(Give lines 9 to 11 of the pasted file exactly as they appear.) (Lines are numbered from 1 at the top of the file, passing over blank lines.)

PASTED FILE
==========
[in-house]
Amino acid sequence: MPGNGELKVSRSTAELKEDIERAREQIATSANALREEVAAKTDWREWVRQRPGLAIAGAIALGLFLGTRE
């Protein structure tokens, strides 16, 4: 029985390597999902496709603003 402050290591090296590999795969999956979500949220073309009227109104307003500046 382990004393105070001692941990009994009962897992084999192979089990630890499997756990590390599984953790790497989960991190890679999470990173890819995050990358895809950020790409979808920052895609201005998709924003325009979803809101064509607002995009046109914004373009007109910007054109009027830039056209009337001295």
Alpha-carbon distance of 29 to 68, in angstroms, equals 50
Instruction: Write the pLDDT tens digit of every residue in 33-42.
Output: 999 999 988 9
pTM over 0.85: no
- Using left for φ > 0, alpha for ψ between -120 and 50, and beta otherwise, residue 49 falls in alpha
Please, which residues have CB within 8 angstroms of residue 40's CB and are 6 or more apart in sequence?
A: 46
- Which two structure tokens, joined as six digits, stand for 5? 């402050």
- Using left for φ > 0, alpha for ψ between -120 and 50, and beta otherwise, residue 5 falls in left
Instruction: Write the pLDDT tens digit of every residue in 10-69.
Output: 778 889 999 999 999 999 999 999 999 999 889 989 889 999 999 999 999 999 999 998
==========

Please, which residues have CB within 8 angstroms of residue 40's CB and are 6 or more apart in sequence?
A: 46
- Which two structure tokens, joined as six digits, stand for 5? 């402050």